For-profit debt settlement companies, similar to CCDN, have been the subject of much regulatory scrutiny, prompting calls for reform by the Federal Trade Commission and state legislators. Illinois Attorney General Lisa Madigan says such programs can leave consumers in worse financial shape. She has filed seven lawsuits against debt-settlement companies in the past year and introduced legislation to end some of the abusive practices, such as advising clients to stop payments to creditors.

Lawyers involved in unscrupulous debt-settlement activities have lost their licenses. In one high-profile case, Florida’s attorney general had accused attorney Laura Hess and her companies of victimizing tens of thousands of consumers. Hess was disbarred in 2009 for five years after she broke several rules governing the conduct of lawyers, including sharing fees with non-lawyers and sending form letters to creditors without her clients’ knowledge.

Like Hess, CCDN contracted with marketing firms to acquire customers, according to the West Virginia suit. If the lead generator convinced a consumer to pay the $4,500 upfront, it retained $2,000 and gave $2,500 to CCDN, according to company documents included in the suit. The collection of an upfront fee in selling credit services over the phone is a violation of West Virginia law, Davis said.

CCDN provided clients form letters that they could send to creditors to challenge the legitimacy of their debts, the suit said. The company also gave clients generic legal documents that they could use to assert legal defenses against debt collectors — which constitutes the unauthorized practice of law in West Virginia, Davis said.

Lock responded: “I vehemently disagree that I’ve been engaged in the unlicensed practice of law in West Virginia.”

Lock, who has been a licensed lawyer in Illinois since 1989, said he worked as an assistant state’s attorney in Cook County and a legal and policy adviser for the Illinois Commerce Commission. Lock said he started CCDN around 2006.

In a 2008 federal suit in South Carolina, Capital One sought damages from CCDN and two other companies alleging they interfered with some of its cardholders by telling them not to repay their debts. The suit accuses the defendants of forging the bank’s documents to show credit reporting agencies that the debts were settled when they were not.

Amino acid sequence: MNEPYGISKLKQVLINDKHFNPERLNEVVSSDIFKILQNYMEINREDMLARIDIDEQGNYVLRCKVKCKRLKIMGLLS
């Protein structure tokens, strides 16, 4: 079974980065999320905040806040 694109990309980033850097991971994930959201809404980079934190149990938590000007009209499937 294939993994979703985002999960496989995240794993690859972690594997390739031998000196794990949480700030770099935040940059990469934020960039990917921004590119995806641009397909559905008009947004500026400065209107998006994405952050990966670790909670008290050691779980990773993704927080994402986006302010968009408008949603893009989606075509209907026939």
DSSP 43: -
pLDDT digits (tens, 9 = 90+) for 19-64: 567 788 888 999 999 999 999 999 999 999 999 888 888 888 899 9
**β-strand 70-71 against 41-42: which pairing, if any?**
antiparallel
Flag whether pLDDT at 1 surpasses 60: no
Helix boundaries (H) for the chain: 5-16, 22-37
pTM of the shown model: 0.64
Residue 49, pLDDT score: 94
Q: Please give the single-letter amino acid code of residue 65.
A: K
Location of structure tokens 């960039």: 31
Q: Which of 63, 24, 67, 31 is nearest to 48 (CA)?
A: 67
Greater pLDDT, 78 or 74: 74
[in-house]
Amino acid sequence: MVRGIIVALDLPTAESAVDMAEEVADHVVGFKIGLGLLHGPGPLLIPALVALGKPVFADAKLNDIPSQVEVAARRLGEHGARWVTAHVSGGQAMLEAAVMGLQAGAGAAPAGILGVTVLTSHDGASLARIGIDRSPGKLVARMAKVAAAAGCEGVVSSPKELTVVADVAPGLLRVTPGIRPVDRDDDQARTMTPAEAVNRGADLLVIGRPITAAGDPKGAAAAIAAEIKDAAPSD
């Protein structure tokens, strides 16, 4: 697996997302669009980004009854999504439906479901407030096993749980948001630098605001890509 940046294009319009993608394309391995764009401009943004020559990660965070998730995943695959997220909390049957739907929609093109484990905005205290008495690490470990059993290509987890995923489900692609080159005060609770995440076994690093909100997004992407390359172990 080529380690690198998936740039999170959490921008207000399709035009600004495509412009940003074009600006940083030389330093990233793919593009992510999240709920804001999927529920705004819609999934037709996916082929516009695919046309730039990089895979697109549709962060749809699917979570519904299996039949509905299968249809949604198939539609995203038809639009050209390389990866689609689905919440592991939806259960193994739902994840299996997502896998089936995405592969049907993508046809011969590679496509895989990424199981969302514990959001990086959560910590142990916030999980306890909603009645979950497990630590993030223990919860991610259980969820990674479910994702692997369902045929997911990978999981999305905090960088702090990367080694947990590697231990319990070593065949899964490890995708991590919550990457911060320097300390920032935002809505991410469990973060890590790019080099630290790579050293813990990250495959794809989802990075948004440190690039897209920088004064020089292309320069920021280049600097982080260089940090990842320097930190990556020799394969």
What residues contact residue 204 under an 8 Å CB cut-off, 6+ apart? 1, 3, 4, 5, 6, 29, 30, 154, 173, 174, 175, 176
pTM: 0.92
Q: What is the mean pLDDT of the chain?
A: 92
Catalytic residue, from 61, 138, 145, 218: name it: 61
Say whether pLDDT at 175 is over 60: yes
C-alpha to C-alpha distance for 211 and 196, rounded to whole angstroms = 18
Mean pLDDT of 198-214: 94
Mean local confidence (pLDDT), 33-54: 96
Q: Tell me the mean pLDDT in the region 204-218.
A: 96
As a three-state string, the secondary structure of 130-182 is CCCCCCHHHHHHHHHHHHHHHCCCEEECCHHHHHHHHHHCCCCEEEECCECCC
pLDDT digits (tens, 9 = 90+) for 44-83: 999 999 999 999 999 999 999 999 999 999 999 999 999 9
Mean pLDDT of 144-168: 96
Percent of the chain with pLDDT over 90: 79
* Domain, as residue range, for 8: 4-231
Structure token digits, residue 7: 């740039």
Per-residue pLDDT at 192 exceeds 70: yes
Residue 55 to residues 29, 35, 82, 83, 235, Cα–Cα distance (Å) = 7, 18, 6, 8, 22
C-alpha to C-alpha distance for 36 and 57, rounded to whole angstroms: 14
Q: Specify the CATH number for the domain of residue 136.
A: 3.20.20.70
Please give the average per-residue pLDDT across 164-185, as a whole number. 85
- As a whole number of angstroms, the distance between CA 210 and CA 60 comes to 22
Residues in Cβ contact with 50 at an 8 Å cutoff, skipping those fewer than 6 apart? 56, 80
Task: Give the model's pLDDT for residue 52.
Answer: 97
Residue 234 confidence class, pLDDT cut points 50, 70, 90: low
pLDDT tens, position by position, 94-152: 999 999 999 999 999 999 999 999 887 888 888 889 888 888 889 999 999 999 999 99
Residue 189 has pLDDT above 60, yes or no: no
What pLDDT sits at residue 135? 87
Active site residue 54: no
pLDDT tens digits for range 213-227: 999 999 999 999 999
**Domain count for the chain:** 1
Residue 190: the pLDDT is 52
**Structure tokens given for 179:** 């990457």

Earlier this month, the judge in the case ordered CCDN to respond to Capital One’s request for discovery or he would hold the company in contempt.

Lock said he has been delayed in preparing his responses in the case because he has to replace his attorney in South Carolina, who withdrew in January.

Somebody ought to ask Lock why his SC attorney withdrew.

Did he not PAY his attorney?  Or did his attorney refuse to submit falsified documents to the court?

2 Responses to “Capital One suit and regulatory action against CCDN”

  1. I noted that you stop paying Captial One on your credit cards and did not employ a company or program to assist you. Could you give more details on what resulted? did you settle directly with the Capital One? were you sued? thanks, [contact info deleted]

  2. Capital One filed two lawsuits against me and they were dismissed.

    I just saw this old comment from March and decided to approve it now since the litigation is resolved. But I deleted the contact info because my site is not a lead generation site for scammers who will try to sell my readers crappy debt settlement etc. services.

    And I do not call readers privately. Due to the LACK of donations I simply don’t have time. At least 50 million Americans could use my help, but I don’t live off air and I limit personal services to paying clients. And I don’t even call clients. If it’s important, put it in writing. If it’s not important, save your money. Sorry!